Since the genesis of American traditional tattoos, devoting a portion of skin to our beloved mothers — permanently marking it with the deeply sentimental, but incredibly obvious word “mom” scrawled across a cartoon heart — has been common practice, even among otherwise undecorated persons. Over the years, though, wicked tats dedicated to our cherished moms, the ones that created us, cared for us and dealt with our incessant lunacy, have expanded into many shapes and sizes, far beyond just this classic representation.
I myself have one: A rose on the back of my arm, because my mom followed her dream of becoming a florist when she retired, and roses have always been her absolute favorite flower (at least one vase full of roses lived perpetually in all of my childhood homes). I got it during a time when I was feeling especially alone, save for the watchful, supportive presence of (and long, endearing phone calls from) my mom, which seriously helped me push through.
But everyone with a “mom” tattoo has their own special reason for getting it, so as a celebration of all moms — and this coming Mother’s Day — I tracked down a bunch of people with ink dedicated to their mothers and asked them to explain the inspiration behind them. Prepare to experience a wholesomeness level of 9,000.
A Classic Tat for a Classy Mom
Tyler Eastman: I’ve always had an incredibly strong bond with my mom. When she was eight months pregnant with me, my biological dad — who was constantly traveling for “work” — left. I was born a month later, and both of us started living at my grandparents’ house in Brentwood, California, because my mom had no clue what to do with a newborn baby — and nobody there as a male role model — so she did what was most comfortable, of course. A while later, when my mom was in a co-ed softball league, she met my stepdad, and they fell in love. He took me in, and it was basically happy ever after.
The point of that whole story is, throughout all of what my mother was going through, not one day did I ever think anything was wrong. I was never uncomfortable, and that’s because she didn’t want me to be. Mothers have a special power of making everything okay, even if you kind of know something’s wrong. They’re the ones who make it feel like everything’s alright, and that’s special.
To this day, as a 25-year-old, my mom can make me feel that way. Whatever problems and issues that are going on with work or relationships, moms take your mind off of that and bring you to a place of comfortability. As we get older and our moms do, too, we have to do the same for them. My mom inspires me to be a better guy every day, and through everything, it only felt right to get a classic “mom” tattoo for a classic woman.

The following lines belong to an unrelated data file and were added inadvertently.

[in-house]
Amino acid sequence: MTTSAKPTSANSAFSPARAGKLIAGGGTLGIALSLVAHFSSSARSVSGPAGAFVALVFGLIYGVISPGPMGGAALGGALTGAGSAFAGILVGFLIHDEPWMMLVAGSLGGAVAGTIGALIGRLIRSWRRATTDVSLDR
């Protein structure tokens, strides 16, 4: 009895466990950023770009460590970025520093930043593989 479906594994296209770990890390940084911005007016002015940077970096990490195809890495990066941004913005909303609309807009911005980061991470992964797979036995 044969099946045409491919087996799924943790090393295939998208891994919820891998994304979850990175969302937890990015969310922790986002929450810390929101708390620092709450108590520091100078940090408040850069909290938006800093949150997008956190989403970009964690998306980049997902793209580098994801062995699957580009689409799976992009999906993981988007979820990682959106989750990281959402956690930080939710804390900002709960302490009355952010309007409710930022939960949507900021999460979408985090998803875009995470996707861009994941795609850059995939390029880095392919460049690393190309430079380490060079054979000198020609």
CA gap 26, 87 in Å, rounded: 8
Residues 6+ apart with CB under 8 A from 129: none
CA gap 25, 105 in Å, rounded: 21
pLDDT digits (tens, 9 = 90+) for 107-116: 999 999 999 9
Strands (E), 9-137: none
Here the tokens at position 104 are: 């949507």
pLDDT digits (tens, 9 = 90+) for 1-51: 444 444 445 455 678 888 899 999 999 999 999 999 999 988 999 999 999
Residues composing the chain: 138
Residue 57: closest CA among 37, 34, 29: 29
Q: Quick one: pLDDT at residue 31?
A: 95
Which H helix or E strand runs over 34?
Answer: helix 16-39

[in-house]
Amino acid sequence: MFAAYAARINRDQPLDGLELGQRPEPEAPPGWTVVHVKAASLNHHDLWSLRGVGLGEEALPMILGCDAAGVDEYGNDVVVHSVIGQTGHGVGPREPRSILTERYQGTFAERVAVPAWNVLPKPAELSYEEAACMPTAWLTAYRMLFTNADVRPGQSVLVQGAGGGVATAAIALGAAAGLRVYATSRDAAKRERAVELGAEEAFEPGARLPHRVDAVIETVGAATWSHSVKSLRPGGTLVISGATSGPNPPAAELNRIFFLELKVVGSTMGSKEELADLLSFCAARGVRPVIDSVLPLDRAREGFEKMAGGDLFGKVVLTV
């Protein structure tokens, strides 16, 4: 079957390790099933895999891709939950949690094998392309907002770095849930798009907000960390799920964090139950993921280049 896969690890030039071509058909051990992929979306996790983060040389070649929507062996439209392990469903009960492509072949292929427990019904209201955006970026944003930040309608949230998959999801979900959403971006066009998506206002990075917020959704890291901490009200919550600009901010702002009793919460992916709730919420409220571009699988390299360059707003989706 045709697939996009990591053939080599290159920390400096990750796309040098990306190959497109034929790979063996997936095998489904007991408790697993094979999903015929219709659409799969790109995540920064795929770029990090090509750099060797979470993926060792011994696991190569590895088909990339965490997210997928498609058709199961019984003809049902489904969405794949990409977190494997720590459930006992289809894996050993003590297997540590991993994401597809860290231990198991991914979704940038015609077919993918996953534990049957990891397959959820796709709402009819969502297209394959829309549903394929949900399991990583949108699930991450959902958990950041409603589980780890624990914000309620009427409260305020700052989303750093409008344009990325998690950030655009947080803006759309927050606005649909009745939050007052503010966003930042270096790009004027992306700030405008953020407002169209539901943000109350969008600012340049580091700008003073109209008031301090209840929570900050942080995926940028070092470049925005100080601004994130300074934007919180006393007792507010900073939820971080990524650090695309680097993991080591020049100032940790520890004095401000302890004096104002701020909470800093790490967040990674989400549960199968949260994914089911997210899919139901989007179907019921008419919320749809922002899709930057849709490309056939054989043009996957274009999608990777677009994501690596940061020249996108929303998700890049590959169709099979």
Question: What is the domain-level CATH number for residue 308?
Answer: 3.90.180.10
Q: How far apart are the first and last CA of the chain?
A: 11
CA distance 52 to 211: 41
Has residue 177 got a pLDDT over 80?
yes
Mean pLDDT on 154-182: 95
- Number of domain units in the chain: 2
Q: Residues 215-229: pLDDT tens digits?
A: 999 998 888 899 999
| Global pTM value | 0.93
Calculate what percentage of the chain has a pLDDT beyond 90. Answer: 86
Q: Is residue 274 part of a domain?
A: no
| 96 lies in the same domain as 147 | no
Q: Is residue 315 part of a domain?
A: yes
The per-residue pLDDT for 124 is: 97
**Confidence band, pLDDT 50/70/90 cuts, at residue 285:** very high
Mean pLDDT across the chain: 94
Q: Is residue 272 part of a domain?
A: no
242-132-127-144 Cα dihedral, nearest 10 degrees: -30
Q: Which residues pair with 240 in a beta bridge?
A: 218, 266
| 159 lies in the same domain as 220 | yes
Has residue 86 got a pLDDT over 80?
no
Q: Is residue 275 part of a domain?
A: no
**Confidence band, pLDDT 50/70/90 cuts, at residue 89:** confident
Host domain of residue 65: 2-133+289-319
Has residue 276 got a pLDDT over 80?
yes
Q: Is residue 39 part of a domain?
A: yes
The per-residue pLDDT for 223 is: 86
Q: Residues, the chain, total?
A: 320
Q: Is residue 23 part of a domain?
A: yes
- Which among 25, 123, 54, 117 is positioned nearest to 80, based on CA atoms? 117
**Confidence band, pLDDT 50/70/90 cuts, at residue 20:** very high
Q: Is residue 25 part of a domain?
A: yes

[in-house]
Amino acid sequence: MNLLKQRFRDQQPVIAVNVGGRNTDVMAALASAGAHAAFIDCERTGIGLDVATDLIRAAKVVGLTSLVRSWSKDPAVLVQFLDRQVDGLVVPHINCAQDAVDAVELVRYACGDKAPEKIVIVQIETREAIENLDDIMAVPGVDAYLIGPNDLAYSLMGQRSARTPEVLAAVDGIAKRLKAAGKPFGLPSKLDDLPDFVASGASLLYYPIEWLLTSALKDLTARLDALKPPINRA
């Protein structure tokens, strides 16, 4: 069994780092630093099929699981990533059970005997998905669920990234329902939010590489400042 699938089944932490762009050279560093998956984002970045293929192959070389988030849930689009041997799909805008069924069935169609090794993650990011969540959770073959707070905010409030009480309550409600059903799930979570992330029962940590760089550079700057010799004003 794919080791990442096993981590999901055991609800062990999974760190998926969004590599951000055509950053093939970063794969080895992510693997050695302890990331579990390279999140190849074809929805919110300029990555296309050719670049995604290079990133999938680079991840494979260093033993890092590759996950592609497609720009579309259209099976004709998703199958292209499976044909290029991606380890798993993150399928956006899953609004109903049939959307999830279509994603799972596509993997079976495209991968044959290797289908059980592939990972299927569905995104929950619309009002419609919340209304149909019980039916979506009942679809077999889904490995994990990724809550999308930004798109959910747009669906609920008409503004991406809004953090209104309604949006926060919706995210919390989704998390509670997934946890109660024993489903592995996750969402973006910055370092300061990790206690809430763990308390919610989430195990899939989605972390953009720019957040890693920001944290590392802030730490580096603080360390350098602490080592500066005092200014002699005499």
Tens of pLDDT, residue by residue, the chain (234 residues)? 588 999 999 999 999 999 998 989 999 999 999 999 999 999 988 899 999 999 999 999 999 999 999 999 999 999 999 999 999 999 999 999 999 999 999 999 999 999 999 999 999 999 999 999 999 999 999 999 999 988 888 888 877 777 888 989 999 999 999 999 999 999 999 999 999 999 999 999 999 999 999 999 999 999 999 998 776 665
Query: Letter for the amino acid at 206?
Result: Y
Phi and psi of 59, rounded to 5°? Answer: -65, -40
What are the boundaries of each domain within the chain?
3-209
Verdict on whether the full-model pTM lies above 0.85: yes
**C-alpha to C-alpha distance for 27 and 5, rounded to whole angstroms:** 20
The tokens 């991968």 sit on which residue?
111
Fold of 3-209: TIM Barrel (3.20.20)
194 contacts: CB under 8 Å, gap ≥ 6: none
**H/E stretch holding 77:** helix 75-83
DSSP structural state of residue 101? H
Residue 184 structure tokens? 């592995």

A Permanent Lady for an Ever-Present Mom
Matthew Sutton: My mom tattoo is a gypsy head. It’s the top part of a half sleeve that I started when I was about a week away from graduating college. The idea of the sleeve was to represent my family and all of the support and sacrifices they made for me, which was something I reflected on during senior year.
The gypsy head represents my mom always watching over me, and all of the jewelry she’s wearing is symbolic of her. She always had raven artwork around the house, because she thought they represented knowledge and wisdom, and she wanted us to strive to learn as much as we could in all aspects of life, so I got a raven in her forehead jewelry. The necklace has an “S” for Sutton, my last name, and is a rendition of a piece she used to wear out. The headdress has the adoption symbol in it — a heart and triangle — because she adopted me when I was really young. If it wasn’t for that, I’d be in such a worse place than I am today. I’m forever grateful.
A Loving Quote for a Loving Mom
Justin Jenkins: My “mom” tattoo says, “No one else will ever know the strength of my love for you. After all, you are the one who knows what my heart sounds like from the inside.” It was a quote my mom found when I asked her what she wanted her tattoo to be. She didn’t even flinch, so I know she had it lined up.
My mom’s very sentimental and very, very close to me. My parents are divorced, so I actually have one for my dad and one for my mom. Most people think of divorce as a bad thing, but I developed a beautiful “separate” relationship with both of them that I wouldn’t change for the world. My mom is very appreciative of the tattoo, especially because it’s “forever” there, just like her love for me.
That was super corny, but I had to say it.
A “Mom” for a Mom
Alexandra Benson: My “mom” tattoo literally just says “Mom.” I got it with my mom in London about three years ago — she got my name, and I got “Mom.” It was her first tattoo, and it was a cute, close mom-and-daughter activity, since I had a lot of tattoos, and she didn’t have any at the time. She’s a stuffy business lady from Orange County, California, so hers is on her foot, where she can hide it.
My mom and I are very close and talk multiple times a day, so it was a good bonding moment. I don’t see the tattoo often, because it’s on the back of my arm, but when I do see it, I’m always like, “Aww, mom!” And when she sees it, she always goes, “Mom!” Or she points at it and says, “Mom! That’s me!”